First, find out which style your professor wants you to use. You don’t want to miss a piece of information and have to go back and find it all – this is so time-consuming. We have short guides online and in the library to help with formatting your citations.
While you research, make sure to record the information listed below – all citation styles use the same basic information, they just might change the order around, or which words are capitalized, and punctuation. Writing down these details as you go will save you HEAPS of time at the end of your paper [Nothing is more frustrating than tracking down your citations after you’ve written your paper.]
For all resource types you’ll need:
- Year of publication
For books, you’ll also need:
- Place of publication (city name)
- Edition number, if applicable
- Editor(s) name(s), if applicable
For journal articles, you’ll also need:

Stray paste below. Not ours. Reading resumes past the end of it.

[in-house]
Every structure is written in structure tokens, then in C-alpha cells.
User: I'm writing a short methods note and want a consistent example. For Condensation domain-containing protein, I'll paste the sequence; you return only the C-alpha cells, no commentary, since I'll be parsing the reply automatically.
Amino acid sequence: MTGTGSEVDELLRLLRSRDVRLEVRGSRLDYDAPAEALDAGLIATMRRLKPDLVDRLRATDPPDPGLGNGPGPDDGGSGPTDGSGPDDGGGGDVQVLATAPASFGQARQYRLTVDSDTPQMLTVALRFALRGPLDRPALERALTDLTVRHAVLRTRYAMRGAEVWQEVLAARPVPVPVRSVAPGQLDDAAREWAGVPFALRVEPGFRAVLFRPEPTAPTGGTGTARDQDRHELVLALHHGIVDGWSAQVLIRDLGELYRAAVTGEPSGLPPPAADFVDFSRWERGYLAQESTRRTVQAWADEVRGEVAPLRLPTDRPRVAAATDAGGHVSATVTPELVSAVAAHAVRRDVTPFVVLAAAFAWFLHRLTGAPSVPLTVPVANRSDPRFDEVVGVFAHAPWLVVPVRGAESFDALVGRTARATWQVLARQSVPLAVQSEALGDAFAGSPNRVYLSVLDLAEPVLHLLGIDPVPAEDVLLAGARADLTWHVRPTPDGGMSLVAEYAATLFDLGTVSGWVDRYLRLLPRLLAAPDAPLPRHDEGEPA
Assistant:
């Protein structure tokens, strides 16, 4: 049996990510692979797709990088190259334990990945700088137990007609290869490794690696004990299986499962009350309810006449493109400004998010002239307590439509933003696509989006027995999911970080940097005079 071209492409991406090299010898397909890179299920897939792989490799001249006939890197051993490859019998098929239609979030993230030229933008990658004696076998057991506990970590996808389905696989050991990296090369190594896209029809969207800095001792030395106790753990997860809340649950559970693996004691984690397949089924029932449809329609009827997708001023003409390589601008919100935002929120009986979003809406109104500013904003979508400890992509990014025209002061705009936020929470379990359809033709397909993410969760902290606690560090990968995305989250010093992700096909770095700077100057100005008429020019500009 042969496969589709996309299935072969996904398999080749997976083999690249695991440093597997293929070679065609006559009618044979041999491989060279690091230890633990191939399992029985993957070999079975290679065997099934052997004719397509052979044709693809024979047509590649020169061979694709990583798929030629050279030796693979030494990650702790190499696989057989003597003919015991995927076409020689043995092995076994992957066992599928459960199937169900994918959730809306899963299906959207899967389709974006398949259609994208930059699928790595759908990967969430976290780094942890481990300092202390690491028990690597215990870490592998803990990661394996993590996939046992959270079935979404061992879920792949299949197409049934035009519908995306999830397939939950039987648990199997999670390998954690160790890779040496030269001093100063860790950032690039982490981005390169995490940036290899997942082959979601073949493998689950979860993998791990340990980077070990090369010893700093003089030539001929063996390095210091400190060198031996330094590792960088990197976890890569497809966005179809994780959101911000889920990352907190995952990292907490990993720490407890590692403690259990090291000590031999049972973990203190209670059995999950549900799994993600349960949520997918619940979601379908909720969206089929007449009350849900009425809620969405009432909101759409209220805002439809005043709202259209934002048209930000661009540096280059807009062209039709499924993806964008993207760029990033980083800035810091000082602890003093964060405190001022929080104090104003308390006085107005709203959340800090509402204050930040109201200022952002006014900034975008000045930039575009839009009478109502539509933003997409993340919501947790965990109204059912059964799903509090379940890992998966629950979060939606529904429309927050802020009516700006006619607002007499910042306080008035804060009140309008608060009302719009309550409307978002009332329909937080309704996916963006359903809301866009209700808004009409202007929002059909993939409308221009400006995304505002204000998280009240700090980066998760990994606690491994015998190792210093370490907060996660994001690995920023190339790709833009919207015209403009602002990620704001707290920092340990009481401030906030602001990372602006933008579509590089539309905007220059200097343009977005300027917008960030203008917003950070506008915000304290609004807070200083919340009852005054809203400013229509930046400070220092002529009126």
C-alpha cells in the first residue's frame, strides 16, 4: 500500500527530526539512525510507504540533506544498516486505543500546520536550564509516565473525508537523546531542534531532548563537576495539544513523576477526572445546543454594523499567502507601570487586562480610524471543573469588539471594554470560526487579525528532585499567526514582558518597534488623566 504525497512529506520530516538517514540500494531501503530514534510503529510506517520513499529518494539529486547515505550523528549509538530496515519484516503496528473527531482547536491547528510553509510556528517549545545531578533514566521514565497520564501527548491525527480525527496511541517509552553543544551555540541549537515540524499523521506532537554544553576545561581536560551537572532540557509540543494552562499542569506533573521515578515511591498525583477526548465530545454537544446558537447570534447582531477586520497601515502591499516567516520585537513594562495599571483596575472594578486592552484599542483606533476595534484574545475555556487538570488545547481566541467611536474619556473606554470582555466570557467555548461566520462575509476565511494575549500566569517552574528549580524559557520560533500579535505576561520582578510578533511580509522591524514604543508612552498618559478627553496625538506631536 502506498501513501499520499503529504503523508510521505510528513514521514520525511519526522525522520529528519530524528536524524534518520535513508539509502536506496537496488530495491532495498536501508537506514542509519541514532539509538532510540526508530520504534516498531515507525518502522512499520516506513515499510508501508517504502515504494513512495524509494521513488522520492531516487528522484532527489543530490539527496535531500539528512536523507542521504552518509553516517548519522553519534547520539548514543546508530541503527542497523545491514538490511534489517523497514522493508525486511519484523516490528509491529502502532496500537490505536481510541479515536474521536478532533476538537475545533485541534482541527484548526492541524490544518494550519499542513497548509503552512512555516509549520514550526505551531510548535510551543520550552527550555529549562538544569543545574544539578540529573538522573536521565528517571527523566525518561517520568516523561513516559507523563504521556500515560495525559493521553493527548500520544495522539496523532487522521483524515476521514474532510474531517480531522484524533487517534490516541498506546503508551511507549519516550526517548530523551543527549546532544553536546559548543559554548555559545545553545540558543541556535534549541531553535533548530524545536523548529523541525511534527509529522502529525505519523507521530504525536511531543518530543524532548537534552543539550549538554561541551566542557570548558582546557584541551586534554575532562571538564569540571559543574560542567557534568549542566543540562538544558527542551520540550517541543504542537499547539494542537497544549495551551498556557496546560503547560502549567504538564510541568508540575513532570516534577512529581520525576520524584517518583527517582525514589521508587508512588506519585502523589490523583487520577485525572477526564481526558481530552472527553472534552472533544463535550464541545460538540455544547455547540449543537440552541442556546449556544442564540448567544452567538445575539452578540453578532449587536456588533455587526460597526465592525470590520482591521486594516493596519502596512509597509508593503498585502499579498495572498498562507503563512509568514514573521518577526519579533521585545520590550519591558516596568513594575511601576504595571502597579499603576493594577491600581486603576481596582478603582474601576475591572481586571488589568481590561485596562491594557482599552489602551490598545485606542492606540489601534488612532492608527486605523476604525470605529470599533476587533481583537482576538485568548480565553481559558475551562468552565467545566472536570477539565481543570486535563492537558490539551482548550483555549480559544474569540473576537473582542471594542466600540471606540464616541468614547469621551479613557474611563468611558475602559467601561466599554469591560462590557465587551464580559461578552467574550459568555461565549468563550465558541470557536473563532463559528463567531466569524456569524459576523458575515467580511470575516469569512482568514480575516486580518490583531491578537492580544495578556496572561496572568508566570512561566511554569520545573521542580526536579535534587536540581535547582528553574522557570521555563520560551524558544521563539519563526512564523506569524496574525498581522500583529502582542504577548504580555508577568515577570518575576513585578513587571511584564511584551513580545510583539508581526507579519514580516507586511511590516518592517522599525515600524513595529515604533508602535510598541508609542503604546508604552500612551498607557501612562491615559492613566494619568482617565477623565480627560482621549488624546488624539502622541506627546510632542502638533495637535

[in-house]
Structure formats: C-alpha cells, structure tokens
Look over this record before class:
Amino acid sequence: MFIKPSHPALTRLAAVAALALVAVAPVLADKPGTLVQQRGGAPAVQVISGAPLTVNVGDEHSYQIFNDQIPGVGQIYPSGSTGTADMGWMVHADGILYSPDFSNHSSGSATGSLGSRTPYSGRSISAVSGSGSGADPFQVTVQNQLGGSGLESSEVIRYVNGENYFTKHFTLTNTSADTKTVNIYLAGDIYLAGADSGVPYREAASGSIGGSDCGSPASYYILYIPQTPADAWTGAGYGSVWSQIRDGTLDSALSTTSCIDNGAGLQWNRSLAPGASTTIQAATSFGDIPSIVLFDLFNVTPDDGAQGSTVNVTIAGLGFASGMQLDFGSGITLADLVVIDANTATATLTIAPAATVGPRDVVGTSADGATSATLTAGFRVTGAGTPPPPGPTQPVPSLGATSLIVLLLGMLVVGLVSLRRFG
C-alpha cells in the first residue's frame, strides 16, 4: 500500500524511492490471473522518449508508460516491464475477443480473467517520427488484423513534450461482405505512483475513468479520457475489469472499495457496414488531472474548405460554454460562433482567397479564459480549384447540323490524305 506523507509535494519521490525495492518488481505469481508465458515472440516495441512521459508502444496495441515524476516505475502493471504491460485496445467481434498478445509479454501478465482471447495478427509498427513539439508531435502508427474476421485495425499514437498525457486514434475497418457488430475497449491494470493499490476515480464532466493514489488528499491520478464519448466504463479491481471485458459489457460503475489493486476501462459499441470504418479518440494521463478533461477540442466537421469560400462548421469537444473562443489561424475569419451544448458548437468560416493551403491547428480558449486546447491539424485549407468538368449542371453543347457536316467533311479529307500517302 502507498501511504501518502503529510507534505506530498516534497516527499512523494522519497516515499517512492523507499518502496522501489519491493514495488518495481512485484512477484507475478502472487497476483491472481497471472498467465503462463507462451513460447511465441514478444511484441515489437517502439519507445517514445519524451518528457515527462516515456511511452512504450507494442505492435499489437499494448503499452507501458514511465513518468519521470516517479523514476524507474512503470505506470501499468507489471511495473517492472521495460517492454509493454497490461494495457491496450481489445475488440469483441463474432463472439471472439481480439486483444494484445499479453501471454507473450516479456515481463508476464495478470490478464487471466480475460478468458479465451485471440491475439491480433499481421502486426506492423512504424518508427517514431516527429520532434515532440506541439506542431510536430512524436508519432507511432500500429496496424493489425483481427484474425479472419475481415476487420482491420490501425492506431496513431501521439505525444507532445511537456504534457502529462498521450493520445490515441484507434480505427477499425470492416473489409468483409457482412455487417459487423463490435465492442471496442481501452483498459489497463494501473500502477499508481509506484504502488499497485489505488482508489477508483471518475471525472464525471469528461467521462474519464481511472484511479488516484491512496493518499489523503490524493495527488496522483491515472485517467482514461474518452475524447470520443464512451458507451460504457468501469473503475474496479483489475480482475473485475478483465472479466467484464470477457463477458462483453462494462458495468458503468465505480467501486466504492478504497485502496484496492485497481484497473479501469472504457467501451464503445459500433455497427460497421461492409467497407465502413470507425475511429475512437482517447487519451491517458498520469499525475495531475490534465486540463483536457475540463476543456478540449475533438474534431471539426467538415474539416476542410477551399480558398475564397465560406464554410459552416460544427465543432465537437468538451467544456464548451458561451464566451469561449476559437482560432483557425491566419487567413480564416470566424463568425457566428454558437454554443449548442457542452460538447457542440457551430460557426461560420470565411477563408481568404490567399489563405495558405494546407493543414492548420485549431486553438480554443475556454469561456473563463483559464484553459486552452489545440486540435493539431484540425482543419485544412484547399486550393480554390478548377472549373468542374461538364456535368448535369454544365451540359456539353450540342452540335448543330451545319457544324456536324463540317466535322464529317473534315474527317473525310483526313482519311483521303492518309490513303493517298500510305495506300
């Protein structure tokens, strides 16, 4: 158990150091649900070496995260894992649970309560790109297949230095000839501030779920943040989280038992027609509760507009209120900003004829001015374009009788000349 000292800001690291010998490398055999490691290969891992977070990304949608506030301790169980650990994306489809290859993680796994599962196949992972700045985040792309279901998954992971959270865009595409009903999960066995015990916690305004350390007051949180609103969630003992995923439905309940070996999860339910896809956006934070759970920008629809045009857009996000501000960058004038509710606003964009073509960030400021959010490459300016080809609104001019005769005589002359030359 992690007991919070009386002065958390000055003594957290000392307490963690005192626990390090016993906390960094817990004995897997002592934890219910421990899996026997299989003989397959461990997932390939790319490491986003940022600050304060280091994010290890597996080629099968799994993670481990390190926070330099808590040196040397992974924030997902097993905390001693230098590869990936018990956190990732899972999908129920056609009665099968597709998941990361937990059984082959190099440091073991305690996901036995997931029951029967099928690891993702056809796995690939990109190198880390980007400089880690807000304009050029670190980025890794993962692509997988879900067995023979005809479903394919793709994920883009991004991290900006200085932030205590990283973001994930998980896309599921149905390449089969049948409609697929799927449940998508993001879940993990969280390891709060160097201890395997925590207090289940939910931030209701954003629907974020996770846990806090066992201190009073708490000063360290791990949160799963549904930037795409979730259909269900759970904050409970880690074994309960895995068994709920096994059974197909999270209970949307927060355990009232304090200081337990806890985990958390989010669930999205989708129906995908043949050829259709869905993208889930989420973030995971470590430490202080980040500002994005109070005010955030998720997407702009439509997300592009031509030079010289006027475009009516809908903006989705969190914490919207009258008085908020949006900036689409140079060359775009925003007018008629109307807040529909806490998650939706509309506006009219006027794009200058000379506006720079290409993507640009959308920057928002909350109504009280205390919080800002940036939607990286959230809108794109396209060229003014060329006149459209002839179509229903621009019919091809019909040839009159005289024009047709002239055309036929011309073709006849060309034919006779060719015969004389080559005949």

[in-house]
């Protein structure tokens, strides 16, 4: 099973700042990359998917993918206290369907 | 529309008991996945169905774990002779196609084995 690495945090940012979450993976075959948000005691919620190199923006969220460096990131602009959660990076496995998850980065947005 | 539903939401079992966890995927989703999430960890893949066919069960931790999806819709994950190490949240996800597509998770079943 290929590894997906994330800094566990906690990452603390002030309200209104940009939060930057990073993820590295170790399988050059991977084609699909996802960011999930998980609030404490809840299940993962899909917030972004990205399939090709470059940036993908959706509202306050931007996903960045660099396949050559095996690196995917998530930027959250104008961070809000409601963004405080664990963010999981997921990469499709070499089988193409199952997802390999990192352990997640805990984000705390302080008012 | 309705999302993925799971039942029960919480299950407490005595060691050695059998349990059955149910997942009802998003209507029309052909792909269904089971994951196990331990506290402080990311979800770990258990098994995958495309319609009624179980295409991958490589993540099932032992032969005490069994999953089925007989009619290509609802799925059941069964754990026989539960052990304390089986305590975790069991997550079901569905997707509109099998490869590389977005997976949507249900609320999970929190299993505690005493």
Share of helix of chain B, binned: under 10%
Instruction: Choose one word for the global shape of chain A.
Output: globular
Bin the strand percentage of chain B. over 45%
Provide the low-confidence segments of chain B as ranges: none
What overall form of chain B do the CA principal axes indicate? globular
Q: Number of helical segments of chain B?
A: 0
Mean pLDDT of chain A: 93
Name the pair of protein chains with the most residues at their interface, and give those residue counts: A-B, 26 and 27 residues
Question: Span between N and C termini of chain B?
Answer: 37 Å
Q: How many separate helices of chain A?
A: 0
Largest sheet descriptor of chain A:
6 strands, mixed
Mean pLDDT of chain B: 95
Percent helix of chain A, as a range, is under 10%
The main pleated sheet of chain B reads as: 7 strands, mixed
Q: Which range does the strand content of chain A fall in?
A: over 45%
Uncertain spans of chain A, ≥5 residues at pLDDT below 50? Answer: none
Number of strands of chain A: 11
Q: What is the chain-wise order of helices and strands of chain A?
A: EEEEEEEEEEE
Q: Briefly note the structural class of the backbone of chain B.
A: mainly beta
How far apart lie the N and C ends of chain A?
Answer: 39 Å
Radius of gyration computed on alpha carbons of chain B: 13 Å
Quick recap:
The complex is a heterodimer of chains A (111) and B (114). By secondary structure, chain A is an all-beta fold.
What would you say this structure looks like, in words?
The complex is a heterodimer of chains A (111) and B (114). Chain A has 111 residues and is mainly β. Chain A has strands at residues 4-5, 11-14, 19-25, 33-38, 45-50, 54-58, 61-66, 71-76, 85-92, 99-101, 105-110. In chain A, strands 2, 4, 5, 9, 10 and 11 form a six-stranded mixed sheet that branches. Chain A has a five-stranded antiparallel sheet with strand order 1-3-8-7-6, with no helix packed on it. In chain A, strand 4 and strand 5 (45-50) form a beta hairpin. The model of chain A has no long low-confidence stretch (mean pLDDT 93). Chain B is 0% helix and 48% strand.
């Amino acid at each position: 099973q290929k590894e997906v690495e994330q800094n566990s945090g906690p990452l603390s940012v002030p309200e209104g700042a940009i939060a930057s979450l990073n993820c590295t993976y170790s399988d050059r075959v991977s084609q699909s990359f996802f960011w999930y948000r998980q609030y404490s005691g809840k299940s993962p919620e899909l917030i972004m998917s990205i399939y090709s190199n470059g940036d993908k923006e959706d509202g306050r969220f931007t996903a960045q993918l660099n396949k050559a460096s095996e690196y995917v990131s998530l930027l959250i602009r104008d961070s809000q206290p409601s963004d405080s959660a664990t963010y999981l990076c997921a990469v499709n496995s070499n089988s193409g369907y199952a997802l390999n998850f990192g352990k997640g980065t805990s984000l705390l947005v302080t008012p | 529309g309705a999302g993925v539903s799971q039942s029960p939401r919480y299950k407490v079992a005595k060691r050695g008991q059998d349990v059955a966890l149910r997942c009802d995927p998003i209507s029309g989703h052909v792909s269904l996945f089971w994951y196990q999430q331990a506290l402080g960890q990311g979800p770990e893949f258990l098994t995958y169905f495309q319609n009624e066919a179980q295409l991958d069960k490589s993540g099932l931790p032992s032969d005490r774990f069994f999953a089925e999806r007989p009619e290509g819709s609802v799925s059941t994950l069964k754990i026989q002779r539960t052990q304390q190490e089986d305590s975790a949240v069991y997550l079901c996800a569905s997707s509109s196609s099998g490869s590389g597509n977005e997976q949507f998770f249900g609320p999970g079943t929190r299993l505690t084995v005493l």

- Journal title
- Volume number
- Issue number
- Page numbers
For websites you’ll also need:
- Website title (along with the webpage title you recorded above)
- The date you accessed or looked at the webpage
- The URL
You might need additional information if you’re citing a special kind of book or journal, but the above details will get you started. I’ll include some example of finished citations below, although you’ve likely seen them before:
Solzhenitsyn, A. (2005). One day in the life of Ivan Denisovich. New York: Bantam Deli.
Kernis, M. H., Cornell, D., Sun, C.R., Berry, A., & Harlow, T. (1993). There’s more to self-esteem than whether it is high or low: The importance of stability of self-esteem. Journal of Personality and Social Psychology, 65, 1190-1204.
There are products that help with organizing your citations (called citation management software), but my advice is to use whatever systems feels most comfortable. I used to keep a print copy of everything, with the citation written along the top; a friend of mine would create an excel spreadsheet.
Feel free to bring in your citation questions to the library desk!